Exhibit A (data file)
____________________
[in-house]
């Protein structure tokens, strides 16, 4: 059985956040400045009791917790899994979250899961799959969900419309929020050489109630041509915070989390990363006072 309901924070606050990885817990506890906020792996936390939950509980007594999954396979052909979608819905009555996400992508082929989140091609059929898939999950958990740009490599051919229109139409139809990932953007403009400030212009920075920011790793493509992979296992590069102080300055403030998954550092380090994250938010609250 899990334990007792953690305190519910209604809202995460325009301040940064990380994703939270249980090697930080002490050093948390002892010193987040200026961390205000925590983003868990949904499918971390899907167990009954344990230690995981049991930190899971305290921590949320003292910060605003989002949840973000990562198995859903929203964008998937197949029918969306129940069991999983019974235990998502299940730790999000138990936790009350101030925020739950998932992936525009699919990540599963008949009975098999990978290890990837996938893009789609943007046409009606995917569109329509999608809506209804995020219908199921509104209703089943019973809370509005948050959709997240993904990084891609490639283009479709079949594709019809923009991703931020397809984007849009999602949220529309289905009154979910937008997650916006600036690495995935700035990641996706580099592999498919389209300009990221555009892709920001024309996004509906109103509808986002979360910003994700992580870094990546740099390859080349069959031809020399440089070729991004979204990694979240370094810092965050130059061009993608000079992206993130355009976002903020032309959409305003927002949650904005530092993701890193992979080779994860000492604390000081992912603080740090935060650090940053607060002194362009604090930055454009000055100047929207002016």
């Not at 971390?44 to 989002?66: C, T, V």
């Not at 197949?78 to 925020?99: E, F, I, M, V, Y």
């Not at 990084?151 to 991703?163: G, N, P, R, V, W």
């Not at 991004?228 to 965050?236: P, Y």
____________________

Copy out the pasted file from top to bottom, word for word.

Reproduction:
[in-house]
């Protein structure tokens, strides 16, 4: 059985956040400045009791917790899994979250899961799959969900419309929020050489109630041509915070989390990363006072 309901924070606050990885817990506890906020792996936390939950509980007594999954396979052909979608819905009555996400992508082929989140091609059929898939999950958990740009490599051919229109139409139809990932953007403009400030212009920075920011790793493509992979296992590069102080300055403030998954550092380090994250938010609250 899990334990007792953690305190519910209604809202995460325009301040940064990380994703939270249980090697930080002490050093948390002892010193987040200026961390205000925590983003868990949904499918971390899907167990009954344990230690995981049991930190899971305290921590949320003292910060605003989002949840973000990562198995859903929203964008998937197949029918969306129940069991999983019974235990998502299940730790999000138990936790009350101030925020739950998932992936525009699919990540599963008949009975098999990978290890990837996938893009789609943007046409009606995917569109329509999608809506209804995020219908199921509104209703089943019973809370509005948050959709997240993904990084891609490639283009479709079949594709019809923009991703931020397809984007849009999602949220529309289905009154979910937008997650916006600036690495995935700035990641996706580099592999498919389209300009990221555009892709920001024309996004509906109103509808986002979360910003994700992580870094990546740099390859080349069959031809020399440089070729991004979204990694979240370094810092965050130059061009993608000079992206993130355009976002903020032309959409305003927002949650904005530092993701890193992979080779994860000492604390000081992912603080740090935060650090940053607060002194362009604090930055454009000055100047929207002016």
């Not at 971390?44 to 989002?66: C, T, V």
């Not at 197949?78 to 925020?99: E, F, I, M, V, Y």
């Not at 990084?151 to 991703?163: G, N, P, R, V, W």
């Not at 991004?228 to 965050?236: P, Y």